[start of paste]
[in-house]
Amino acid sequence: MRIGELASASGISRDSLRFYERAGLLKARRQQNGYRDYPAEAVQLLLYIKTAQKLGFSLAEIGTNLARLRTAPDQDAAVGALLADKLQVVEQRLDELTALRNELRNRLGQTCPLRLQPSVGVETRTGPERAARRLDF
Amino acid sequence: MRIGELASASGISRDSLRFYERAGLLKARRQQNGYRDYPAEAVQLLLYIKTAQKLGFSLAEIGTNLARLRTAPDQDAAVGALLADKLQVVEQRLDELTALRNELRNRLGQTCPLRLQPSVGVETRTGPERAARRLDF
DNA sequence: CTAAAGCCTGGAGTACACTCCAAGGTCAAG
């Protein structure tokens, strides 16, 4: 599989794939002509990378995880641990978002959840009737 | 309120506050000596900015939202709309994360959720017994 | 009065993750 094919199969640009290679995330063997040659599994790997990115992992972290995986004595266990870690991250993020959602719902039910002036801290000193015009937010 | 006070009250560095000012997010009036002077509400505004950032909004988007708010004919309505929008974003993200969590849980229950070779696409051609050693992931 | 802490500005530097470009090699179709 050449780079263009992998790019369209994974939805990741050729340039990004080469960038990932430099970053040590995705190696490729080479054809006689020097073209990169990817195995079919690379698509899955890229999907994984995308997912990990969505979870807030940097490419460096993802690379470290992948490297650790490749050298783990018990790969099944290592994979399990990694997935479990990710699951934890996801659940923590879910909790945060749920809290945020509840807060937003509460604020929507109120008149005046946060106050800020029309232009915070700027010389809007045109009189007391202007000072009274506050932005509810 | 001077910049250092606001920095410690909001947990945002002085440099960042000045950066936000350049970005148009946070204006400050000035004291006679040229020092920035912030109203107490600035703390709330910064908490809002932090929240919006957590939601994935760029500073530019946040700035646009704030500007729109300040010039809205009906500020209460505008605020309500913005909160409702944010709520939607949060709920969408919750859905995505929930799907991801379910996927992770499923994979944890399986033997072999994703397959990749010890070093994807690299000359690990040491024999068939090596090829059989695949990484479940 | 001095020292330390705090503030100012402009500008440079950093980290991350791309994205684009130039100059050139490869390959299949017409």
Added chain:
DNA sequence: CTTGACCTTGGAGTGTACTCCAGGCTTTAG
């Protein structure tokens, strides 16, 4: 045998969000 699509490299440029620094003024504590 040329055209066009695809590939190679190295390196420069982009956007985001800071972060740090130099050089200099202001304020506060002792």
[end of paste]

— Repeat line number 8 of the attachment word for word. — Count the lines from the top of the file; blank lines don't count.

């Protein structure tokens, strides 16, 4: 045998969000 699509490299440029620094003024504590 040329055209066009695809590939190679190295390196420069982009956007985001800071972060740090130099050089200099202001304020506060002792």